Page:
Our faculty have been involved in a range of collaborative projects that seek to explore the world from the vantage point of multiple historical fields and academic disciplines.
The Euchaita / Avkat Project
John Haldon served as project lead on this archaeological project in north-central Anatolia. The research project sought to integrate a number of different approaches to studying the past, using recent technological advances to integrate disparate datasets into a cohesive framework of analysis
Defortification of the German City
Yair Mintzker specializes in German-speaking Central Europe from the seventeenth to the nineteenth centuries. The Defortification of the German City, 1689-1866 tells the story of the metamorphosis of eighteenth- and nineteenth-century German cities from walled to defortified places.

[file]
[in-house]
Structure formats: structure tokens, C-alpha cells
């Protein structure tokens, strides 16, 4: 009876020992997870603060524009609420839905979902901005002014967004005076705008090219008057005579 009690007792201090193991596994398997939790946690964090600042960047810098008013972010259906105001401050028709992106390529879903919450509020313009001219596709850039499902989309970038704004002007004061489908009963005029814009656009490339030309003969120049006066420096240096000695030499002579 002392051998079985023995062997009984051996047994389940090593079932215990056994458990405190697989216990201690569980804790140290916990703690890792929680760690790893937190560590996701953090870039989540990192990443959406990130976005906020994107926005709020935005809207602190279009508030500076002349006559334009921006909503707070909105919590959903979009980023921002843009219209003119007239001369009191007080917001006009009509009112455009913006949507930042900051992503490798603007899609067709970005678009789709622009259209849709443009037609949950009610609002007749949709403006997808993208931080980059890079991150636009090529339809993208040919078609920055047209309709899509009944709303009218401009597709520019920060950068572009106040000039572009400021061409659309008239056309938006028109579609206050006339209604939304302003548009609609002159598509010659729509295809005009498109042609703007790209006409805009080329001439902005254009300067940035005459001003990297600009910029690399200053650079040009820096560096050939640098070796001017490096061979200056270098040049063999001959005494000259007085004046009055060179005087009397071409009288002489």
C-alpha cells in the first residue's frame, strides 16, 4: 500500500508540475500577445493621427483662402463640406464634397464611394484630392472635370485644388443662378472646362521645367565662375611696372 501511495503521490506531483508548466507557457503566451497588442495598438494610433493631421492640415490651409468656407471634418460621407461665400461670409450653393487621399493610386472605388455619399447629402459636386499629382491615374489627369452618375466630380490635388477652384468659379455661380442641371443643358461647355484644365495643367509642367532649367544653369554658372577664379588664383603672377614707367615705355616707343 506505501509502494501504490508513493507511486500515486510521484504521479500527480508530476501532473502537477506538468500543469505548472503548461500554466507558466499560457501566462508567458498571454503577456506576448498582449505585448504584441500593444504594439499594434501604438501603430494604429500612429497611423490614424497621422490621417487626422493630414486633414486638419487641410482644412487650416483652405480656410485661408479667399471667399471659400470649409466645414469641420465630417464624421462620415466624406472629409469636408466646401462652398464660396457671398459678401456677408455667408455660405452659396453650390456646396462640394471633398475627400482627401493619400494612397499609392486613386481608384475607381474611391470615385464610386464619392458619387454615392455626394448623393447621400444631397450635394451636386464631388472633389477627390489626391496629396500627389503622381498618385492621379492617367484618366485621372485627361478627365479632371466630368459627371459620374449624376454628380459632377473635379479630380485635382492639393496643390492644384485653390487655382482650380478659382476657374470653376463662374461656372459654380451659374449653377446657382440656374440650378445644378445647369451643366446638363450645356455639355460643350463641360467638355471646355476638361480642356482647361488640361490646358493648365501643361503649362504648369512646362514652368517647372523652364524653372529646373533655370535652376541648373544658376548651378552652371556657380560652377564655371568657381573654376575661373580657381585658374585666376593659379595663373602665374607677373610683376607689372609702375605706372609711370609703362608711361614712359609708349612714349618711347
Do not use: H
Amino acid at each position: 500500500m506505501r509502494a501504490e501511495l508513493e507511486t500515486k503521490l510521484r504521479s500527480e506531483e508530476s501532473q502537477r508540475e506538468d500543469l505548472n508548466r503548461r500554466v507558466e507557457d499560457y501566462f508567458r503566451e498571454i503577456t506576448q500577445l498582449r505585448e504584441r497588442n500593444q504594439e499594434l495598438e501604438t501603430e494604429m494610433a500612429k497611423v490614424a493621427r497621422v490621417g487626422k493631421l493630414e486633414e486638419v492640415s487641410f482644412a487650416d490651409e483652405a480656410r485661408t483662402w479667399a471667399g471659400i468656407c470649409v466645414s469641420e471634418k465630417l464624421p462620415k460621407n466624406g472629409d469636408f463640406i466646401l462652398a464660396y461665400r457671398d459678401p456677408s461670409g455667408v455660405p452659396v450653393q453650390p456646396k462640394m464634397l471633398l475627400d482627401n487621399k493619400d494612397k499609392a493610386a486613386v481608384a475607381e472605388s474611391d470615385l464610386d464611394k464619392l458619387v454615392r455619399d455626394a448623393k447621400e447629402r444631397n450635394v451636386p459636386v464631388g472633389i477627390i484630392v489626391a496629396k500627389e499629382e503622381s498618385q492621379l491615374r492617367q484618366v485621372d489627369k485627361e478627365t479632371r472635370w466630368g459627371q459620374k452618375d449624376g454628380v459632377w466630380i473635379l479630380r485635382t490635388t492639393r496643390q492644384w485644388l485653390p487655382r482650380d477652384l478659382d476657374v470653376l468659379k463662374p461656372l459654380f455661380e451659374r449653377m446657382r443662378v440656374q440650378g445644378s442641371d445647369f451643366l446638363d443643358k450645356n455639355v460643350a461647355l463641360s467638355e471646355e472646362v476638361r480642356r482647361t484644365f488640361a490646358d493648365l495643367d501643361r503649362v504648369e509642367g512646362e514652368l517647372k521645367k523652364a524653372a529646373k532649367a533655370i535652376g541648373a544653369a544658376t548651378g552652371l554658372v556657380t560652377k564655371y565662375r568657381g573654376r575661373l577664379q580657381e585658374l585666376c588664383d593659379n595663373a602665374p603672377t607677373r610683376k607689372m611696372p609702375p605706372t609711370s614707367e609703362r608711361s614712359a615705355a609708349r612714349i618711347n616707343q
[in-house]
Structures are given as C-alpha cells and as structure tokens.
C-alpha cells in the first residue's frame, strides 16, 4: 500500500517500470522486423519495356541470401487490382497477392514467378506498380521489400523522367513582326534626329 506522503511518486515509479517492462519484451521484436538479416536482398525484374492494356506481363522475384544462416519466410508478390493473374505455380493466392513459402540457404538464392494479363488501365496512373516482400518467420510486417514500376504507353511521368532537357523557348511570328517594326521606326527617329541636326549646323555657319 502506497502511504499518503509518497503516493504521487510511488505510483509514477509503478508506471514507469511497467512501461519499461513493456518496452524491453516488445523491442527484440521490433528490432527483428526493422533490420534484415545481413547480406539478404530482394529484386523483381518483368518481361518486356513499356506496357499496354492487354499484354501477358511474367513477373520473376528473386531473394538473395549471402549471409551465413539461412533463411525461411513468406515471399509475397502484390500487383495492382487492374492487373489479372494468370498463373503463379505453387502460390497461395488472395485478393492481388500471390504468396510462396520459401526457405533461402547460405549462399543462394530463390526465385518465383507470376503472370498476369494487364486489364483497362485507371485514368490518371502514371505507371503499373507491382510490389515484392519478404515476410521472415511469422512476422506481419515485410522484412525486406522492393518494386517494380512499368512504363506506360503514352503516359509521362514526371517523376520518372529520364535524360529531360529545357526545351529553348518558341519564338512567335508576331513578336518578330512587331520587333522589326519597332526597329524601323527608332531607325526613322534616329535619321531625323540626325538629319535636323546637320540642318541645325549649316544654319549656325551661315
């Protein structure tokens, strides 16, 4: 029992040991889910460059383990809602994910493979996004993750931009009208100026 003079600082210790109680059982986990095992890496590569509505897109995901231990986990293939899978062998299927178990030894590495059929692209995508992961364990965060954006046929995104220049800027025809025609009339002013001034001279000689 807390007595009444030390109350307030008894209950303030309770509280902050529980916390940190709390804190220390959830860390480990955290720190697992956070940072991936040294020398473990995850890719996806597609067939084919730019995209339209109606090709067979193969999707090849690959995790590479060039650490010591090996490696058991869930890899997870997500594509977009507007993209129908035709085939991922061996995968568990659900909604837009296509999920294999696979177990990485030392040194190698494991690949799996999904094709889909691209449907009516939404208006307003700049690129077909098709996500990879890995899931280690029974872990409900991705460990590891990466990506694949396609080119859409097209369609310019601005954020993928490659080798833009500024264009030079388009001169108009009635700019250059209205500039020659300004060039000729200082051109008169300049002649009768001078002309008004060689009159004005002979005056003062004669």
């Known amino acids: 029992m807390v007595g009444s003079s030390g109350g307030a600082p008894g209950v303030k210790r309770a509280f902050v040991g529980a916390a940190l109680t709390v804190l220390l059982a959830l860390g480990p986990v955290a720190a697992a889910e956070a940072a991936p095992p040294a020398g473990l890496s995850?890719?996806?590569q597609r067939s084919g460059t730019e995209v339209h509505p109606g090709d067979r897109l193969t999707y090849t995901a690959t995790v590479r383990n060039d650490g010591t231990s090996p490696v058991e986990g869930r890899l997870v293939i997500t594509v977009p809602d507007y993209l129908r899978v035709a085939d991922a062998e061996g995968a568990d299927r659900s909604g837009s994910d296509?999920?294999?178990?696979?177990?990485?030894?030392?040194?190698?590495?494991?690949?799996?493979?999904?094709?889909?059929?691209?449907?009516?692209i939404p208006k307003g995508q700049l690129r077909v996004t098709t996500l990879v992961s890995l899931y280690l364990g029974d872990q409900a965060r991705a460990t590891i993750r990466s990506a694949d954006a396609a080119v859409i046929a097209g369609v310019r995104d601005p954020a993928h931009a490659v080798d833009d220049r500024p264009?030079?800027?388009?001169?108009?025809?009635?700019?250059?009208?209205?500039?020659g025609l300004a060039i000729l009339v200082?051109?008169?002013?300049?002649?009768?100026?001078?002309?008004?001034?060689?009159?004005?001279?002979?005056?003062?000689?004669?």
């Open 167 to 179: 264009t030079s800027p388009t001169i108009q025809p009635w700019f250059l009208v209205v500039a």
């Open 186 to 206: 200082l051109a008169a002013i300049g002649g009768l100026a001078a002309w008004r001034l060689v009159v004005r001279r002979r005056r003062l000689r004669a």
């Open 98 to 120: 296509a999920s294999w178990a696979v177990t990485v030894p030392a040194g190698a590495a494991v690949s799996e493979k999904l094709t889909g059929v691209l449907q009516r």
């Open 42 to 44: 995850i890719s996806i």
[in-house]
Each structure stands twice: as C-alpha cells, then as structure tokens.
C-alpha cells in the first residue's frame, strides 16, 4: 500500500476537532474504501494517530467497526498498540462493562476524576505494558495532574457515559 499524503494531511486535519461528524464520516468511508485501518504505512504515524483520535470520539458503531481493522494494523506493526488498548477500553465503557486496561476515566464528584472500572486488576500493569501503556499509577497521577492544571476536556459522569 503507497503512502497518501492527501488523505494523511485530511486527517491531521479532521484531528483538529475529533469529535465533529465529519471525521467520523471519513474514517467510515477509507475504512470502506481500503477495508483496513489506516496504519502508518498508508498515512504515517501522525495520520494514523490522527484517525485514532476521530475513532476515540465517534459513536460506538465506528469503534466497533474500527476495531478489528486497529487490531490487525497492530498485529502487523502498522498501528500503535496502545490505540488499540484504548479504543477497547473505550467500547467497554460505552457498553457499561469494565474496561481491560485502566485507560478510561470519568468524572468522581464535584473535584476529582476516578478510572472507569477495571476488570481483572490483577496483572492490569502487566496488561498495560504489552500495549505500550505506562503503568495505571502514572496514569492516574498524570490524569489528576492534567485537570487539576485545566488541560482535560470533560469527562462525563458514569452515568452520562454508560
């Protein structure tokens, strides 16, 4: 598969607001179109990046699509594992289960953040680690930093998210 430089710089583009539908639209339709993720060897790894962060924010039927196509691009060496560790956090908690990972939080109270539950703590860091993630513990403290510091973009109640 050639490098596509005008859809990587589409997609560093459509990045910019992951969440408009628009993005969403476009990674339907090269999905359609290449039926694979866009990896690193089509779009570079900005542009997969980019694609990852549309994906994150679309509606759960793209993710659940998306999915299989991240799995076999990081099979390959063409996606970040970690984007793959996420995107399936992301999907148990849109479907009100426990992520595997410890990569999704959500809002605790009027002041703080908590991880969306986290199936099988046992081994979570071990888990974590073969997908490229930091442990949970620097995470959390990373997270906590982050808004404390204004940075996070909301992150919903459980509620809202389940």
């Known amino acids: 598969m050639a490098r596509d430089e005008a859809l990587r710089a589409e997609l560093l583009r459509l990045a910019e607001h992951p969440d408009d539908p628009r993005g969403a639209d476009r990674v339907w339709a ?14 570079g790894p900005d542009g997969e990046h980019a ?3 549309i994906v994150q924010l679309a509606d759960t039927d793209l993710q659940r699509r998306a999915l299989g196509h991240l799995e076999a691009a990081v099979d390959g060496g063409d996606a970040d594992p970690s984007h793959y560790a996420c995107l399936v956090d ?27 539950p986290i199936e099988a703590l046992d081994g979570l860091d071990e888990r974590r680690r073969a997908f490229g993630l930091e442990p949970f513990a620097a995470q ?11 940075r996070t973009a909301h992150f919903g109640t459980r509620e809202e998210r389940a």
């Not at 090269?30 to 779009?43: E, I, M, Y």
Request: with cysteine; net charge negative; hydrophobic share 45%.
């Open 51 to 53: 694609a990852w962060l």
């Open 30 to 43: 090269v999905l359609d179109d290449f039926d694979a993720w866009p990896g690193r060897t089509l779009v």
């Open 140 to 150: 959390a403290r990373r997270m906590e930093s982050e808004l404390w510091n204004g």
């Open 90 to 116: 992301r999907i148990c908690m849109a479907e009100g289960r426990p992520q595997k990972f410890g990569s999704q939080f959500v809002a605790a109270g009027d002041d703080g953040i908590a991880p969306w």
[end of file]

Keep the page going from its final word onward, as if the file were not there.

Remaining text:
Learn more about the book that came out of the project.
Environmental History, Digitization, and GIS
Emmanuel Kreike focuses on the intersection of war / violence / population movements, environment, and society. He is interested in how violence and forced migration destroy human landscapes and how people rebuild lives and livelihoods in often alien environments. Kreike combines models and methodologies from the humanities and social sciences with approaches from environmental science and forestry.
Learn more about Kreike's work.
The Roaring 'Twenties
Emily Thompson is a historian of sound. By offering a website dedicated to the sounds of New York City circa 1930, her aim is not just to present sonic content, but to evoke the original contexts of those sounds, to help us better understand that context as well as the sounds themselves. The goal is to recover the meaning of sound, to undertake a historicized mode of listening that tunes our modern ears to the pitch of the past.